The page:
Gamble Your Way Back to 1927 – The Association Celebrates 80 Years with Casino Night

On Friday evening, November 10th 2006, The Hundred Year Association of New York hosted its 80th birthday party by throwing a “Roaring Twenties Casino Night” at The Union League Club (1863).

In recognition of the Association’s founding in 1927, the celebration was reminiscent of life in the Roaring Twenties.  There was fedoras and pearls, bath tub gin and jazz piano.  Games for all skill levels — from blackjack and craps to roulette and money wheels – was the order of the evening.  Professional dealers were happy to instruct and entertain, while awarding buckets of chips!

For those who didn’t gamble, there was music and dancing and a silent auction with jewelry and sports memorabilia.  There was also hors d’oeuvres and drinks – compliments of Moet & Hennessey, USA (1794), one of our sponsors for the evening.  Raffles for some spectacular grand prizes, including a weekend at The Hotel Wales (1902), and other fabulous prizes donated by members and friends of the Association will round out the ‘roaring’ entertainment.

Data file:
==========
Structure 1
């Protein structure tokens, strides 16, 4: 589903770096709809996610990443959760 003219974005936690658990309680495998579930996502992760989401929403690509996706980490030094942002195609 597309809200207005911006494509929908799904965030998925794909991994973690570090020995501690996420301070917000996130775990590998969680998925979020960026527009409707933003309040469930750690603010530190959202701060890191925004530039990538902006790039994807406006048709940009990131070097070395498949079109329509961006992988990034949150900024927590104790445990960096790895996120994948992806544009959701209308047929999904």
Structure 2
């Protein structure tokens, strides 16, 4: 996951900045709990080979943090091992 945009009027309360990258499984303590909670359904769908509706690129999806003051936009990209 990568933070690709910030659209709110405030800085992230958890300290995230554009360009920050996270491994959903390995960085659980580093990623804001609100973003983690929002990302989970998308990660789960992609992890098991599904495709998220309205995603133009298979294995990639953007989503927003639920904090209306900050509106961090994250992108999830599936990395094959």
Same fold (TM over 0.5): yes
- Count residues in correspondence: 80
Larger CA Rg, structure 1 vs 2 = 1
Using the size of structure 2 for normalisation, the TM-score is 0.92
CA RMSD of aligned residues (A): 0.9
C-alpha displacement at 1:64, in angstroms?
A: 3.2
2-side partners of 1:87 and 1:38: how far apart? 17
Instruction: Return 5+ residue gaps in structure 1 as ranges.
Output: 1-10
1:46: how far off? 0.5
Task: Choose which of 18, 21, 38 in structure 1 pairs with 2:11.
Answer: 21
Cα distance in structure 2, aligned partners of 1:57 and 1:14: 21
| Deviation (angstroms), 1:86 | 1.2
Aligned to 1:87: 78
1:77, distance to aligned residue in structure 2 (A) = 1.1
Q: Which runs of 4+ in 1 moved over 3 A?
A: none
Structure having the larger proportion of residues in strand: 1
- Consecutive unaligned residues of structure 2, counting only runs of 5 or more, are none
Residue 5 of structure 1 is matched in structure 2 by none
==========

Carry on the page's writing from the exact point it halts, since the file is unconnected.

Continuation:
The Union League Club played host for the evening.   Founded during the Civil War by a group of concerned citizens to help preserve the Union, the Union League Club has built, over the ensuing years, a record of distinguished service to city and country.  Members of the Union League Club were instrumental in establishing The Metropolitan Museum of Art in 1870.  The club also played an essential role in the founding of the American Red Cross.  It helped erect the Statue of Liberty in New York Harbor and the Lincoln Monument in Union Square.  Its members were also critical in bringing down the Boss Tweed ring and in raising funds to outfit American soldiers in several conflicts.

Many prominent civic, state and national leaders have enjoyed the fellowship of the ‘ULC’.  Theodore Roosevelt managed his early political career from the Club’s chambers.  J. Pierpont Morgan was a regular, along with John Jay, William Cullen Bryant, Chester A. Arthur, and Thomas Nast.  Fifteen Presidents, seven Senators, scores of Congressmen, diplomats, cabinet members, and chief executive officers have graced its halls during the past hundred and forty years.